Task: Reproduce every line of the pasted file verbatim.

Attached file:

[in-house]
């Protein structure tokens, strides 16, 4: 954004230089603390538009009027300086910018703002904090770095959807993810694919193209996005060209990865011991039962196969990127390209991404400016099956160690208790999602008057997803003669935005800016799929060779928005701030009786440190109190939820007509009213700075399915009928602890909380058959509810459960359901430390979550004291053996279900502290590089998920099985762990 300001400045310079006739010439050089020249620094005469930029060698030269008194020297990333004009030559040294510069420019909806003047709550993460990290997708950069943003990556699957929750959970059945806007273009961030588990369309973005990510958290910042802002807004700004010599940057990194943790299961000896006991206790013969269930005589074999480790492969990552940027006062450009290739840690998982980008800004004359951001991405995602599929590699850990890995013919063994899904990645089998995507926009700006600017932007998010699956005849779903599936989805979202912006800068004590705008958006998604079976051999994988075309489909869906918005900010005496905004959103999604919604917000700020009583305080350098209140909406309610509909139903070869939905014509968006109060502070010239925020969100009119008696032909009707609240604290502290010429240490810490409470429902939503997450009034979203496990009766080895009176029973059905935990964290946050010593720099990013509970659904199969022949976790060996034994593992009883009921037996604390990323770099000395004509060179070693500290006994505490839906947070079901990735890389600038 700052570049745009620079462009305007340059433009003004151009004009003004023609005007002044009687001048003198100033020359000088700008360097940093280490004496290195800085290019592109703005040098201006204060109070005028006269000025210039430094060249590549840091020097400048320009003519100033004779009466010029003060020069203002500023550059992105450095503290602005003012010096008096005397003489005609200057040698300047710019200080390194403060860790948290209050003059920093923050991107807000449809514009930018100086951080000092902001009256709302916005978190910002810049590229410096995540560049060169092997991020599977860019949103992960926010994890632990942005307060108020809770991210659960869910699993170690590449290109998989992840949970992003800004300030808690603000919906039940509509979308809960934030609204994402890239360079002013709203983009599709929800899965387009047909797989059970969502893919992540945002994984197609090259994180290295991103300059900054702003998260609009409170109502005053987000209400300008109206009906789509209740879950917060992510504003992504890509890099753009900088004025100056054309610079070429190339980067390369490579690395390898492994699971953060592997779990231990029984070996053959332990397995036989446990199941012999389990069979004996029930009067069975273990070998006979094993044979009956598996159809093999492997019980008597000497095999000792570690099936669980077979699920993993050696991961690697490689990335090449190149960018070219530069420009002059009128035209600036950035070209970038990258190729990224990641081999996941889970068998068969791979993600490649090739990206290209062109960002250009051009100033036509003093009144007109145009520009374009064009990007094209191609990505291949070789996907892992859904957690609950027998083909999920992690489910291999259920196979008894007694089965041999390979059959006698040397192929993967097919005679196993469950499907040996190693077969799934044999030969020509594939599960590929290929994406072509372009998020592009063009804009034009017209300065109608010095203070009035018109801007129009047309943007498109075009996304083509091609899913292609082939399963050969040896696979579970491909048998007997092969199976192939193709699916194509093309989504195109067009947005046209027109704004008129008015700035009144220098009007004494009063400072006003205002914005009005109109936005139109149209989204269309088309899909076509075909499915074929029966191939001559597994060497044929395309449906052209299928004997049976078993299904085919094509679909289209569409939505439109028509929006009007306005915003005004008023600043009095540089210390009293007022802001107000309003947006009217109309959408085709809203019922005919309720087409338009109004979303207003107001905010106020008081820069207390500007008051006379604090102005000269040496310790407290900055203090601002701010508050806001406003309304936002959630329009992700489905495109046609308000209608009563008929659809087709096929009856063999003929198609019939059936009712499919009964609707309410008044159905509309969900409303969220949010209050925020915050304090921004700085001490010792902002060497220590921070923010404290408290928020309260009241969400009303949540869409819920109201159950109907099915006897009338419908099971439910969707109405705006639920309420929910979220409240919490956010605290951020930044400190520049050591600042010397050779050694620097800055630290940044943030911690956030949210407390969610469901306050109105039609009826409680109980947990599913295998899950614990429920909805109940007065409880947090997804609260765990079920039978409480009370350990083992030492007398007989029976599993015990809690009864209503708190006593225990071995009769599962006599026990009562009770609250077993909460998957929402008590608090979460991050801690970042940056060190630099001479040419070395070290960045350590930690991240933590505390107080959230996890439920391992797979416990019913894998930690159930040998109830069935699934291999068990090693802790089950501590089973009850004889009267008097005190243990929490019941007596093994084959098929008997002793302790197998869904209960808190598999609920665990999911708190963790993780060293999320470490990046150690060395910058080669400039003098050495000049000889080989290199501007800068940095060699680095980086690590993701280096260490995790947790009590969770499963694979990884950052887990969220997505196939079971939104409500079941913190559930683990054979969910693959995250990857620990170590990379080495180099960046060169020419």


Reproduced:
[in-house]
């Protein structure tokens, strides 16, 4: 954004230089603390538009009027300086910018703002904090770095959807993810694919193209996005060209990865011991039962196969990127390209991404400016099956160690208790999602008057997803003669935005800016799929060779928005701030009786440190109190939820007509009213700075399915009928602890909380058959509810459960359901430390979550004291053996279900502290590089998920099985762990 300001400045310079006739010439050089020249620094005469930029060698030269008194020297990333004009030559040294510069420019909806003047709550993460990290997708950069943003990556699957929750959970059945806007273009961030588990369309973005990510958290910042802002807004700004010599940057990194943790299961000896006991206790013969269930005589074999480790492969990552940027006062450009290739840690998982980008800004004359951001991405995602599929590699850990890995013919063994899904990645089998995507926009700006600017932007998010699956005849779903599936989805979202912006800068004590705008958006998604079976051999994988075309489909869906918005900010005496905004959103999604919604917000700020009583305080350098209140909406309610509909139903070869939905014509968006109060502070010239925020969100009119008696032909009707609240604290502290010429240490810490409470429902939503997450009034979203496990009766080895009176029973059905935990964290946050010593720099990013509970659904199969022949976790060996034994593992009883009921037996604390990323770099000395004509060179070693500290006994505490839906947070079901990735890389600038 700052570049745009620079462009305007340059433009003004151009004009003004023609005007002044009687001048003198100033020359000088700008360097940093280490004496290195800085290019592109703005040098201006204060109070005028006269000025210039430094060249590549840091020097400048320009003519100033004779009466010029003060020069203002500023550059992105450095503290602005003012010096008096005397003489005609200057040698300047710019200080390194403060860790948290209050003059920093923050991107807000449809514009930018100086951080000092902001009256709302916005978190910002810049590229410096995540560049060169092997991020599977860019949103992960926010994890632990942005307060108020809770991210659960869910699993170690590449290109998989992840949970992003800004300030808690603000919906039940509509979308809960934030609204994402890239360079002013709203983009599709929800899965387009047909797989059970969502893919992540945002994984197609090259994180290295991103300059900054702003998260609009409170109502005053987000209400300008109206009906789509209740879950917060992510504003992504890509890099753009900088004025100056054309610079070429190339980067390369490579690395390898492994699971953060592997779990231990029984070996053959332990397995036989446990199941012999389990069979004996029930009067069975273990070998006979094993044979009956598996159809093999492997019980008597000497095999000792570690099936669980077979699920993993050696991961690697490689990335090449190149960018070219530069420009002059009128035209600036950035070209970038990258190729990224990641081999996941889970068998068969791979993600490649090739990206290209062109960002250009051009100033036509003093009144007109145009520009374009064009990007094209191609990505291949070789996907892992859904957690609950027998083909999920992690489910291999259920196979008894007694089965041999390979059959006698040397192929993967097919005679196993469950499907040996190693077969799934044999030969020509594939599960590929290929994406072509372009998020592009063009804009034009017209300065109608010095203070009035018109801007129009047309943007498109075009996304083509091609899913292609082939399963050969040896696979579970491909048998007997092969199976192939193709699916194509093309989504195109067009947005046209027109704004008129008015700035009144220098009007004494009063400072006003205002914005009005109109936005139109149209989204269309088309899909076509075909499915074929029966191939001559597994060497044929395309449906052209299928004997049976078993299904085919094509679909289209569409939505439109028509929006009007306005915003005004008023600043009095540089210390009293007022802001107000309003947006009217109309959408085709809203019922005919309720087409338009109004979303207003107001905010106020008081820069207390500007008051006379604090102005000269040496310790407290900055203090601002701010508050806001406003309304936002959630329009992700489905495109046609308000209608009563008929659809087709096929009856063999003929198609019939059936009712499919009964609707309410008044159905509309969900409303969220949010209050925020915050304090921004700085001490010792902002060497220590921070923010404290408290928020309260009241969400009303949540869409819920109201159950109907099915006897009338419908099971439910969707109405705006639920309420929910979220409240919490956010605290951020930044400190520049050591600042010397050779050694620097800055630290940044943030911690956030949210407390969610469901306050109105039609009826409680109980947990599913295998899950614990429920909805109940007065409880947090997804609260765990079920039978409480009370350990083992030492007398007989029976599993015990809690009864209503708190006593225990071995009769599962006599026990009562009770609250077993909460998957929402008590608090979460991050801690970042940056060190630099001479040419070395070290960045350590930690991240933590505390107080959230996890439920391992797979416990019913894998930690159930040998109830069935699934291999068990090693802790089950501590089973009850004889009267008097005190243990929490019941007596093994084959098929008997002793302790197998869904209960808190598999609920665990999911708190963790993780060293999320470490990046150690060395910058080669400039003098050495000049000889080989290199501007800068940095060699680095980086690590993701280096260490995790947790009590969770499963694979990884950052887990969220997505196939079971939104409500079941913190559930683990054979969910693959995250990857620990170590990379080495180099960046060169020419």